Agile Teams and The Breakfast Club

The Breakfast Club

One of the iconic movies of the 1980s was The Breakfast Club, which told the story of five very different teenagers who were forced to come into school one Saturday to serve detention.  Recently I’ve been working at a large insurance company helping them to adopt the Disciplined Agile (DA) toolkit.  One of people whom I’m working with has a Breakfast Club poster on the wall near her work area and it got me thinking about some of the dynamics that I’ve seen watching agile teams form and eventually gel.  Here are my thoughts.

At the start of the movie the kids didn’t really like each other, they were very different from one another, they certainly didn’t want to be there, and they were each coming to the group with their own point of view and background.  Sadly, I’ve seen more than one software project team that was put together like this.  As the movie progressed they began to really talk with one another and their stories started to emerge.  They started to work together, hijinks ensued, and they bonded as a group.  As part of their punishment they were each asked to write an essay describing what they learned from their detention.  Instead they wrote a single letter, which follows, that they submitted as a team.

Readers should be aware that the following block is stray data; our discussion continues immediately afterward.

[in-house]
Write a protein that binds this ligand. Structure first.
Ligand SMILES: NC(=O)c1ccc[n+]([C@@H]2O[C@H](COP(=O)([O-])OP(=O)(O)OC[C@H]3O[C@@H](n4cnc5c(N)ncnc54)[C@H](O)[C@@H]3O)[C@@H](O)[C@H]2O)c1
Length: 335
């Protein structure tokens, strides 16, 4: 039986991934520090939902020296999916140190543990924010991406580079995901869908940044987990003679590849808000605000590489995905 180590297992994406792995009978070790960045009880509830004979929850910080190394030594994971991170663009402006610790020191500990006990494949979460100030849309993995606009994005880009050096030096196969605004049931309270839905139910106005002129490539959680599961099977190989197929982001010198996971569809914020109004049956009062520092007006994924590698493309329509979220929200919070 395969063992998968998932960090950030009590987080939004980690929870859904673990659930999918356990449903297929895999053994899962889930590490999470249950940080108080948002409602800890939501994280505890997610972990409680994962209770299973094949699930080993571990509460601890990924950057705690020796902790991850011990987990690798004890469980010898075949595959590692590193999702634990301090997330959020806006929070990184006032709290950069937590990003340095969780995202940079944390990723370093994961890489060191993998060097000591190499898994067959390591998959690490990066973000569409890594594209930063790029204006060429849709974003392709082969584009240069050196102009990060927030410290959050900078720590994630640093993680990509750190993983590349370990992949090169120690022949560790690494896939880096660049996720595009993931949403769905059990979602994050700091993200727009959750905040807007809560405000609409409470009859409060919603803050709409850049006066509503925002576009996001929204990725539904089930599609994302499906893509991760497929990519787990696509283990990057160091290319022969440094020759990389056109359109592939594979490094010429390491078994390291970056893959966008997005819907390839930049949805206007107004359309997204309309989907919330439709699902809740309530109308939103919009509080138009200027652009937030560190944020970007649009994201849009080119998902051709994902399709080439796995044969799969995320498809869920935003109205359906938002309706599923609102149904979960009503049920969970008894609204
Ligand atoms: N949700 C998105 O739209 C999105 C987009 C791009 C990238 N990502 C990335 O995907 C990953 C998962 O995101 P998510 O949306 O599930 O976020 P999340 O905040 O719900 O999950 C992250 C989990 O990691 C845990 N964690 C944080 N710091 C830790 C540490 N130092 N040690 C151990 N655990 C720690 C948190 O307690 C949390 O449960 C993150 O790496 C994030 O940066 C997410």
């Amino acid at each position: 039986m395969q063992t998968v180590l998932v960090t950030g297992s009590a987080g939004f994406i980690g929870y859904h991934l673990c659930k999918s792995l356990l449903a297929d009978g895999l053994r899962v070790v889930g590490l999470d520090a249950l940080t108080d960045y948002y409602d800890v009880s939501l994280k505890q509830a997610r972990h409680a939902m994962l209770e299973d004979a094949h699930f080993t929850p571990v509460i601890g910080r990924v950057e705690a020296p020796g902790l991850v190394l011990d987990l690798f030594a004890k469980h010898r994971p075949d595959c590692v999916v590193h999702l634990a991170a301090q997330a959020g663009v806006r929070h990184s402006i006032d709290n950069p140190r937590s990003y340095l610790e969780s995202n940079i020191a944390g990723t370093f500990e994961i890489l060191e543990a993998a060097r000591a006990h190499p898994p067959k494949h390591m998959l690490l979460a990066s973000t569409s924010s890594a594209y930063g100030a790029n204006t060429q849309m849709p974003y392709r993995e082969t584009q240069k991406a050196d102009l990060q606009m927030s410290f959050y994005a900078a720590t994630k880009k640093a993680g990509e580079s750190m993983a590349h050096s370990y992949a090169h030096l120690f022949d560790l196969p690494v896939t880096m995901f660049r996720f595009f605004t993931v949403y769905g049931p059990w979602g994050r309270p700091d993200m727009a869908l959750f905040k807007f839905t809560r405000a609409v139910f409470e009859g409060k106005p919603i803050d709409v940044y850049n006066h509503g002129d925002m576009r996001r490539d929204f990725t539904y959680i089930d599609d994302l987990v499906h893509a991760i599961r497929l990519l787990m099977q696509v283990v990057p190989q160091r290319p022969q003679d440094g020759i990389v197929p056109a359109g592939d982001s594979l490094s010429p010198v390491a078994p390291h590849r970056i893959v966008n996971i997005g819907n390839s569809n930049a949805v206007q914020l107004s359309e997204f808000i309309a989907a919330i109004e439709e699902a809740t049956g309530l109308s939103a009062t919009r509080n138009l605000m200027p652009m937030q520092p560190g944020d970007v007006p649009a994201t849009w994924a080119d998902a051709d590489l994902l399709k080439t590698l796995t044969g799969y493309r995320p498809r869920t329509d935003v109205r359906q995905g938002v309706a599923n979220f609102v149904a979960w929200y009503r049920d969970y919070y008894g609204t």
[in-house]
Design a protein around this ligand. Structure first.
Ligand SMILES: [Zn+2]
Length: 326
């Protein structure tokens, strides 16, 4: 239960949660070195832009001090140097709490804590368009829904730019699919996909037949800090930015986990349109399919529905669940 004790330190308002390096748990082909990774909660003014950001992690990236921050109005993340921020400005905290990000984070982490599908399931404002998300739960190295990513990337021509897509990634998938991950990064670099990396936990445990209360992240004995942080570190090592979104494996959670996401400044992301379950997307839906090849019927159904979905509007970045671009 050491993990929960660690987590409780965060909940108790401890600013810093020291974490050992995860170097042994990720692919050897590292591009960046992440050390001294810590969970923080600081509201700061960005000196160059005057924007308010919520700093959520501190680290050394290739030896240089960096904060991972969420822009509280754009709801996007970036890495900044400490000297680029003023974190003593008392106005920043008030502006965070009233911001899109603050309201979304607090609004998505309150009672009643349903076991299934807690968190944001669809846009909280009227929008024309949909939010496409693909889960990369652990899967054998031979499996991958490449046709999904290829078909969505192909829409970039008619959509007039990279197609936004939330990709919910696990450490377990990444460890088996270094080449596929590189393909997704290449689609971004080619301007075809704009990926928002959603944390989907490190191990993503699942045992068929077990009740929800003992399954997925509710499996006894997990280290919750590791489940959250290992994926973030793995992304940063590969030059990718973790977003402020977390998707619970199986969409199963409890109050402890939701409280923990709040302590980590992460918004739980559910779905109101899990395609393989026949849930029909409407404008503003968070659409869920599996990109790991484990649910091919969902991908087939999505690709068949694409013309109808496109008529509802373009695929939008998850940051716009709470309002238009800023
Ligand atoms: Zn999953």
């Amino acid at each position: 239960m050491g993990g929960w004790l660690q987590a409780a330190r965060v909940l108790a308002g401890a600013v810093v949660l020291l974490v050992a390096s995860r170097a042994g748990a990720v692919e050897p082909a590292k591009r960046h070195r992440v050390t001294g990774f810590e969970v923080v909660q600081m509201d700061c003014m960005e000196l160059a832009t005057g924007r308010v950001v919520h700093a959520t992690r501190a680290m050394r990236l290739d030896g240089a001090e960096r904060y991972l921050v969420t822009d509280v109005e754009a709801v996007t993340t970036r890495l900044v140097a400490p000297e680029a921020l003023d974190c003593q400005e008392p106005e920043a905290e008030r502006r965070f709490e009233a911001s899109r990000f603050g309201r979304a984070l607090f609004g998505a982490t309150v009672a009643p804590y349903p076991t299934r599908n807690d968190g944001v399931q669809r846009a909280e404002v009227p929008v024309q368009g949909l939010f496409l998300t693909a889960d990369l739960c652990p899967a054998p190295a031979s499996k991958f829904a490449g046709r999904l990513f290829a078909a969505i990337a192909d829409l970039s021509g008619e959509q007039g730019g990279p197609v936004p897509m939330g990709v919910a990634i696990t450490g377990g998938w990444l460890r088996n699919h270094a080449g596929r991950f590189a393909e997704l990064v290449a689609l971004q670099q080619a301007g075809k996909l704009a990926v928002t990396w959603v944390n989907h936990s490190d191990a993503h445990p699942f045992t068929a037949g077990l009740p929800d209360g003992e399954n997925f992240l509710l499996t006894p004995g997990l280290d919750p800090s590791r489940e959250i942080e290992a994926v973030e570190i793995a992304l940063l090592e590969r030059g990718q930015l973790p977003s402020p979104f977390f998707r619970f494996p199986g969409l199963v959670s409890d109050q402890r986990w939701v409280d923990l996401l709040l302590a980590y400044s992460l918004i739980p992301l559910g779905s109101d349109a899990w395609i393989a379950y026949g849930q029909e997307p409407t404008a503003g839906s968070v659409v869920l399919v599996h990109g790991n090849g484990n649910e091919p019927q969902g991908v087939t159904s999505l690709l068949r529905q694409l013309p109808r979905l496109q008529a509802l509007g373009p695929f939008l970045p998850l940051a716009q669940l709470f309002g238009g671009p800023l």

“Dear Mr. Vernon:

We accept the fact that we had to sacrifice a whole Saturday in detention for whatever it was we did wrong, but we think you’re crazy to make us write an essay telling you who we think we are. You see us as you want to see us… In the simplest terms and the most convenient definitions. But what we found out is that each one of us is a brain… …and an athlete… …and a basket case… …a princess… …and a criminal.

Does that answer your question? Sincerely yours, the Breakfast Club."

So how does this relate to agile teams?

  1. You often build teams from specialists.  Although we ideally recommend that you build teams from multi-disciplinary, T-skilled generalizing specialists, the reality is that many organizations are staffed with specialized people.  We like to say that you go to war with the army that you’ve got, or in other words you need to make do with what you have.  If all you have are specialized staff then that’s the people you have to form teams.  The good news is that you can help people to evolve from being specialists into generalizing specialists via building a cross-functional whole team, enabling and promote non-solo collaborative work within the team, and by training and coaching people.